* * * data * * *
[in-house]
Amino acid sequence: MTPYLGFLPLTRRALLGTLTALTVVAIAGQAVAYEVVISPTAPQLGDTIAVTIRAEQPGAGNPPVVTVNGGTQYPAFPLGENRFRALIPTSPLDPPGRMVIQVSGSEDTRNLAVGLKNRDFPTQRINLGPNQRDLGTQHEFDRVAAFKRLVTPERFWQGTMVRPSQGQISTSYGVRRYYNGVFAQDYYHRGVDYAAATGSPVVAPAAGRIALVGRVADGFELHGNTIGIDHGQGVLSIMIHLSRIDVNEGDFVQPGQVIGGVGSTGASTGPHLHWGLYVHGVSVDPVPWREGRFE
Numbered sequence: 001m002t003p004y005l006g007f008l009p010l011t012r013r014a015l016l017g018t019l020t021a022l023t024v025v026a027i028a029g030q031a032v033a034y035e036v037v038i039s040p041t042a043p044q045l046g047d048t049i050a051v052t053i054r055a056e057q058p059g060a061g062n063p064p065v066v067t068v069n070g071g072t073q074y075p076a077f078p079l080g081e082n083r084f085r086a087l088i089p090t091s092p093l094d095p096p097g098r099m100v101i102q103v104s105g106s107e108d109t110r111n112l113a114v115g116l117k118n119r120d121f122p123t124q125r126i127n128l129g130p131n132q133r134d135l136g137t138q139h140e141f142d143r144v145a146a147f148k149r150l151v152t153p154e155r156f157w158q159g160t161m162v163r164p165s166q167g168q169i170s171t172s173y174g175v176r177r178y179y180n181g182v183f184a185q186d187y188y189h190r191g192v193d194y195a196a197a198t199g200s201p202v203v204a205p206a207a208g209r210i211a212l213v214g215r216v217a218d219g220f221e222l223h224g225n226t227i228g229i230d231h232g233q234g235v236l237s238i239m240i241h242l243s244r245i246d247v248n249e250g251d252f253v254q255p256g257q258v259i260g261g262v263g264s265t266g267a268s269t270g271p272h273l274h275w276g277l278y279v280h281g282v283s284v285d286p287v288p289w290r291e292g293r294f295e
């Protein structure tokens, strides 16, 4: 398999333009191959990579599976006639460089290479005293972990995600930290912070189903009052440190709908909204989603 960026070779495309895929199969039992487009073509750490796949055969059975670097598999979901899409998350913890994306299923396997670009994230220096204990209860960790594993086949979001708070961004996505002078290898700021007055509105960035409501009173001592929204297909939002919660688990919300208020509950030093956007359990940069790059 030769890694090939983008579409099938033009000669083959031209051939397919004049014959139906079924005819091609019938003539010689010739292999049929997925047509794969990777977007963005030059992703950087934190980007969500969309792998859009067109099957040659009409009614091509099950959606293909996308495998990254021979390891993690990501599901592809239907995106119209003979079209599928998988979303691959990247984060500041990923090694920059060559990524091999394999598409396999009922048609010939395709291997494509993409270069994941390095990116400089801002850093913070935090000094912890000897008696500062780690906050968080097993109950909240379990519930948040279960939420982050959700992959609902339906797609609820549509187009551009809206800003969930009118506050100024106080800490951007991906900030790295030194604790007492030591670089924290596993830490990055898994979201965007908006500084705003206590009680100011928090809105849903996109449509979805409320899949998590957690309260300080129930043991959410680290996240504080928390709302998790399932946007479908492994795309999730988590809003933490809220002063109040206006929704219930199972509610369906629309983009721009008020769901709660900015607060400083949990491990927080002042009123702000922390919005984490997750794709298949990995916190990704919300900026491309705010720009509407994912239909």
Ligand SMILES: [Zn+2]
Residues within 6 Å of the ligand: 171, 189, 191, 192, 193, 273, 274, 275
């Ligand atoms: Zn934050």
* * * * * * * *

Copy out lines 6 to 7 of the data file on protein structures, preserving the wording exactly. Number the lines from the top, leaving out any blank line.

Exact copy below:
Residues within 6 Å of the ligand: 171, 189, 191, 192, 193, 273, 274, 275
């Ligand atoms: Zn934050």